Happy election day!
Since the issue of government funding for PBS came up during the debates, I have been thinking about PBS children's programming and what it means to America's kids. I would like to look at this from a non-partisan perspective -- if that's possible. Every program the government funds should be evaluated with a cost versus benefit analysis as well as an ethical analysis as to whether or not it's appropriate for whatever reasons for government to be involved in the program at all. Especially in a time where the words "financial cliff" are regularly part of headlines, we had better do a thorough evaluation of how the government is spending and taking in money.
A sad fact we all know: the US is deeply in debt, and that's not good. Cutting funding for programs that are outdated, ineffective, or unnecessary and cleaning up the budget is an obvious way to begin. This process needs to be carefully carried out and well researched. PBS got thrown out there during a debate as a possible area to cut in the name of tightening our belts and dealing with the overspending. This was just an off the cuff example (and one that is a mere drop in the bucket as far as budget is concerned anyway), so there's no pressing need to make a big deal out of it. But, since they brought it up...
Here's a another fact: research has shown that PBS programming for preschoolers helps prepare kids for school. Yes, research can be debatable, but I'm regarding the research as reliable and factual, because I have considerable anecdotal evidence that backs it up.
I started out as a generally speaking "no TV" mom, or I thought I would be anyway. When my oldest was about one, I put on a Barney show. I didn't think she was really old enough to learn her letters yet, so I hadn't taught her any. But Barney did. Sitting on my lap after the show, she looked at the keyboard, said "O," and hit the "O" key. I was impressed
Since that time, I've used TV as a limited and supplemental resource for my kids' at-home preschool learning. I've found some of these educational shows to be extremely fun and effective at helping my kids learn, and I've observed the same in kids from many other families. Am I saying you should park your kid in front of the TV for preschool time everyday? No. Of course not. But, I am saying you can effectively use limited TV time to help kids learn in a way that is extremely meaningful both for teaching them facts like letters and numbers as well as teaching them critical thinking skills. I have found educational TV programs and movies to be a fabulous recourse for my kids.
Again, I would not park my kids in front of the TV and call it preschool, and research has also shown that too much TV is bad for kids whether it's educational or not. There's a happy medium there. Sadly though, for some children, PBS educational programming is the only preschool learning they get. I see this as an education issue, and as an issue of access to less commercial media for children. I think PBS is valuable for America's kids. Still, does that mean the government should fund it? Should the government really have it's hands in the television business?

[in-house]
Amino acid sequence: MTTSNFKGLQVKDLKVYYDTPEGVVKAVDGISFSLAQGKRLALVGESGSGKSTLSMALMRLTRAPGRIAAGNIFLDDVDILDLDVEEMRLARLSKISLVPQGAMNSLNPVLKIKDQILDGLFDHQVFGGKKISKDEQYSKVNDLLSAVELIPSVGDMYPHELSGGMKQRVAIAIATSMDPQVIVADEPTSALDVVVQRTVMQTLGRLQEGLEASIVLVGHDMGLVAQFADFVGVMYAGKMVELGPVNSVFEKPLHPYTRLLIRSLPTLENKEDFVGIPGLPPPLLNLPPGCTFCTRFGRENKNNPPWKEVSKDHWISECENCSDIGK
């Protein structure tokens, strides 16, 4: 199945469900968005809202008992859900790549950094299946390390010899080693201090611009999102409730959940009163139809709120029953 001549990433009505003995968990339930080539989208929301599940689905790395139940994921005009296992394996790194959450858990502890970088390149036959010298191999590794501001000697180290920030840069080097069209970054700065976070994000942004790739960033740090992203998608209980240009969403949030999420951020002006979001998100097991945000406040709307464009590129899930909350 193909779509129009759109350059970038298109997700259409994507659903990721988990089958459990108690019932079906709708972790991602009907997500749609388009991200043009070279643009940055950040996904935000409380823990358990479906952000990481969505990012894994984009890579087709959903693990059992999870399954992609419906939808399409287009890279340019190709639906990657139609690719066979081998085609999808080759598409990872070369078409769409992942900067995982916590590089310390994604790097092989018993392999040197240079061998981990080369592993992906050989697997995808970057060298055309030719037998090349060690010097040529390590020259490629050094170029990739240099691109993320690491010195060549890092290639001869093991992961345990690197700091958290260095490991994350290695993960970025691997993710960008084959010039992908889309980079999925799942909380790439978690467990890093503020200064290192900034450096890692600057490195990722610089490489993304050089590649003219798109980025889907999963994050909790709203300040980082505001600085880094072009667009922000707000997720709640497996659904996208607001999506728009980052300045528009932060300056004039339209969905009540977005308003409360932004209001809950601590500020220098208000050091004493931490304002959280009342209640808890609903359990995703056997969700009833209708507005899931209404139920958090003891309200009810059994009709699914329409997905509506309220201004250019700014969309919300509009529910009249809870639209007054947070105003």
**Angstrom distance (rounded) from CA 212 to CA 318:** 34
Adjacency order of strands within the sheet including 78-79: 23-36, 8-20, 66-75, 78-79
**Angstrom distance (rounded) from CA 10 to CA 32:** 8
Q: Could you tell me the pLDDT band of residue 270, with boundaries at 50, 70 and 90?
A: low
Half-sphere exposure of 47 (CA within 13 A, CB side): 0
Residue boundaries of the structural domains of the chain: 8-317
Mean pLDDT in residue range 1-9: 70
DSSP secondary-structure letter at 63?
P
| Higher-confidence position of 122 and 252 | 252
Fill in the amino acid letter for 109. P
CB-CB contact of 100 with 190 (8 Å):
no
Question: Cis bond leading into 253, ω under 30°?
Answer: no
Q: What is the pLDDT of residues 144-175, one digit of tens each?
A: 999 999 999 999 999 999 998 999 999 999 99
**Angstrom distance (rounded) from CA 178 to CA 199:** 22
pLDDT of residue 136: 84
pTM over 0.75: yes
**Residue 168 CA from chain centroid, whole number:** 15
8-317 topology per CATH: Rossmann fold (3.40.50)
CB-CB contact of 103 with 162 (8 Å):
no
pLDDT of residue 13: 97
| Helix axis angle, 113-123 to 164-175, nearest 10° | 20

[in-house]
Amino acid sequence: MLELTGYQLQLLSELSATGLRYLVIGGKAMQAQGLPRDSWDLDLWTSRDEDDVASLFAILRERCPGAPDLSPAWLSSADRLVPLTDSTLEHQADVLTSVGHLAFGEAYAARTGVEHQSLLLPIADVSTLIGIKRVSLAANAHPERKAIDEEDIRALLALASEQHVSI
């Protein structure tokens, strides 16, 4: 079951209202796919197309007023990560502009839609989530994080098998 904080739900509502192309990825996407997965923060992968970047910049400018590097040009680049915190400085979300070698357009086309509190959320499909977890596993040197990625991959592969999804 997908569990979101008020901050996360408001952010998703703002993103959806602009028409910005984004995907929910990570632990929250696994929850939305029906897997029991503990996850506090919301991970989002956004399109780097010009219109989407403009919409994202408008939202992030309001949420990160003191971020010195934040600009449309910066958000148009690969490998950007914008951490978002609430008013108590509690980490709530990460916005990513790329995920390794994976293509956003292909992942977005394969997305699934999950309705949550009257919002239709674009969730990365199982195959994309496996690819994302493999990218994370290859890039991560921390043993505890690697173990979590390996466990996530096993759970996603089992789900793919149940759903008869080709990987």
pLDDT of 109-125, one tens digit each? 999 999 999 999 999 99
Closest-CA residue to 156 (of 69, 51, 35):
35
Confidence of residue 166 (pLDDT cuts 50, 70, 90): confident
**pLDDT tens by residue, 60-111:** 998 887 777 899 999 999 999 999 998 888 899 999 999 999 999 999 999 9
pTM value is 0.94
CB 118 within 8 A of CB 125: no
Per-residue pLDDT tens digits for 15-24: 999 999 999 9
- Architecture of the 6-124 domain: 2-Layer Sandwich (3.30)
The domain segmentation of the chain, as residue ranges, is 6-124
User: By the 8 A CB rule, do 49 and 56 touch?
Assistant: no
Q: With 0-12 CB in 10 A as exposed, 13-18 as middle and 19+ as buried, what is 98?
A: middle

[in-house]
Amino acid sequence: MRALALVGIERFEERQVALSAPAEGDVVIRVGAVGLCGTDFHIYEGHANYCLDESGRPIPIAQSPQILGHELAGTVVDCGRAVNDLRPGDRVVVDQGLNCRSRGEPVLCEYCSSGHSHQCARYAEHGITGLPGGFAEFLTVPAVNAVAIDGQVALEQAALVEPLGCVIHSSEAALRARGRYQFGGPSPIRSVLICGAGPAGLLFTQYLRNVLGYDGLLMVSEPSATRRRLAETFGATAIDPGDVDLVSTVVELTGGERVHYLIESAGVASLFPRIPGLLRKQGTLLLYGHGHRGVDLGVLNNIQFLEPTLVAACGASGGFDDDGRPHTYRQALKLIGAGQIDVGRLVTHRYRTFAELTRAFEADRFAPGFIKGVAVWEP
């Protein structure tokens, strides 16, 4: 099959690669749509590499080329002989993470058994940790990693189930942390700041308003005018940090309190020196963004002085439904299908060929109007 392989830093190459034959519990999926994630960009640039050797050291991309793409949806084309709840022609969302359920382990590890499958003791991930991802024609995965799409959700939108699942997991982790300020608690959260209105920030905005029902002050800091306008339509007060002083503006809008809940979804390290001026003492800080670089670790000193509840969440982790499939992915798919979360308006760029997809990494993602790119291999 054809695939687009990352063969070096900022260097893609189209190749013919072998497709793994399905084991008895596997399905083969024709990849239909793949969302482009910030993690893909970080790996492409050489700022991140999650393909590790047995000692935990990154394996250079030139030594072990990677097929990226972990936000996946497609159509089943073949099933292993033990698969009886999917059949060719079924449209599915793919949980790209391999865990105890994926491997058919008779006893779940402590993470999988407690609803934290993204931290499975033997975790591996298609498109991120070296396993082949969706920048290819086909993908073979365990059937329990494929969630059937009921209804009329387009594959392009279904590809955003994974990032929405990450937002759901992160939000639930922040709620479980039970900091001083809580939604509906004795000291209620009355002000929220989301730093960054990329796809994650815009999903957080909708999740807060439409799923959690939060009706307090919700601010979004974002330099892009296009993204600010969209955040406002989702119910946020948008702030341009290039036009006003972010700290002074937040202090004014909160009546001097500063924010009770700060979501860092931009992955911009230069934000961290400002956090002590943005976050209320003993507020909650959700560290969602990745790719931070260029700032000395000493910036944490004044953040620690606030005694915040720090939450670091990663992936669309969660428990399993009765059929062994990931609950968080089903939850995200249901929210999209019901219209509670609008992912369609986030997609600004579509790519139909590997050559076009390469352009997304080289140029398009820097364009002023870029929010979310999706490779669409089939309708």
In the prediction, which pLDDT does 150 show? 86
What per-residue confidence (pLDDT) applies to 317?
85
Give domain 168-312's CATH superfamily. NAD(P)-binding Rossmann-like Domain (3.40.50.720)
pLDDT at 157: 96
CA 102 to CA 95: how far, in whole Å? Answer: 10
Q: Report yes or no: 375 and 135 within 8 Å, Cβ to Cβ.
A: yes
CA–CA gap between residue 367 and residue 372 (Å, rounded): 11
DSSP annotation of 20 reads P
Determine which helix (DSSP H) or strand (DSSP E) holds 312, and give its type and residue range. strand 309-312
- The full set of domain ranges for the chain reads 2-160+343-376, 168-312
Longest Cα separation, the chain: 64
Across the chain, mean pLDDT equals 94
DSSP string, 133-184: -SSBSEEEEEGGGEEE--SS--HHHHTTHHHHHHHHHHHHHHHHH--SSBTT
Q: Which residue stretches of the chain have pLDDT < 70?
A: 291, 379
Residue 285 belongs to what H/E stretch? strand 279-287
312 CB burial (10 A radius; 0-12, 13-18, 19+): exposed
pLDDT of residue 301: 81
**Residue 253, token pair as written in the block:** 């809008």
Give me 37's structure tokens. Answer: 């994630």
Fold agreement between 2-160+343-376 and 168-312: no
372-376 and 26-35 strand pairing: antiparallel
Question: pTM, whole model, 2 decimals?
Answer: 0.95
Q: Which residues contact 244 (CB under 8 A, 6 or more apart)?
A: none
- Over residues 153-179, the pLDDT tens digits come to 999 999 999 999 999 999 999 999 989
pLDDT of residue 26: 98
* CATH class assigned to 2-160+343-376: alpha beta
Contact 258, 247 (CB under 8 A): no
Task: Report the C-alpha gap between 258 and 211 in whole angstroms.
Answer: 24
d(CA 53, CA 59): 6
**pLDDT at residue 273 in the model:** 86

To get a better understanding of the issue, I posed some of these questions to Lesli Rotenberg, Senior VP of Children's Media at PBS. She answered via email, and you can read my interview with Lesli Rotenberg here. It's no surprise that Lesli does not want PBS to lose funding. Would anyone expect the Senior VP of Children's Media at PBS to say, "Yeah we don't really need it, actually"? No. However, Lesli does provide some informative insight as to where that money is actually spent and why it's needed.
Lesli also points out concrete examples of what PBS children's programming accomplishes in this country, and how far and wide the reach is. Truly, funding for PBS is not a major economic issue, but only a small example of ways we could look at the budget and evaluate the efficacy of the money being spent. In the case of PBS programming for children, it needs to stay. It needs to remain free for America's kids, and it needs to remain less commercialized so kids have some shows they can watch without being bombarded with ads or with show-based products everywhere they look. That option needs to be available.
Should government be the "seed money" for that particular venture? That's really a question for experts in the field with access to all the financials to answer. Maybe there are other options -- I have an open mind. Either way, parents need to understand the importance of PBS programming for kids in America, so that if and when this does become a real and immediate issue, we are ready to ensure that it's handled in the right way and that valuable programming for low income children does not become a useless token sacrifice for political gain.
On that note, PBS KIDS and PBS KIDS GO! offer some great programming, they have focused the shows and based them on valuable research, and they have some fun specials coming up for kids. So this is just the first in the PBS series of posts on About.com Kids TV& Movies this week. Stay tuned for more info on what PBS programming is doing for kids around the country, and what's coming up for your kids...
(Photo © PBS)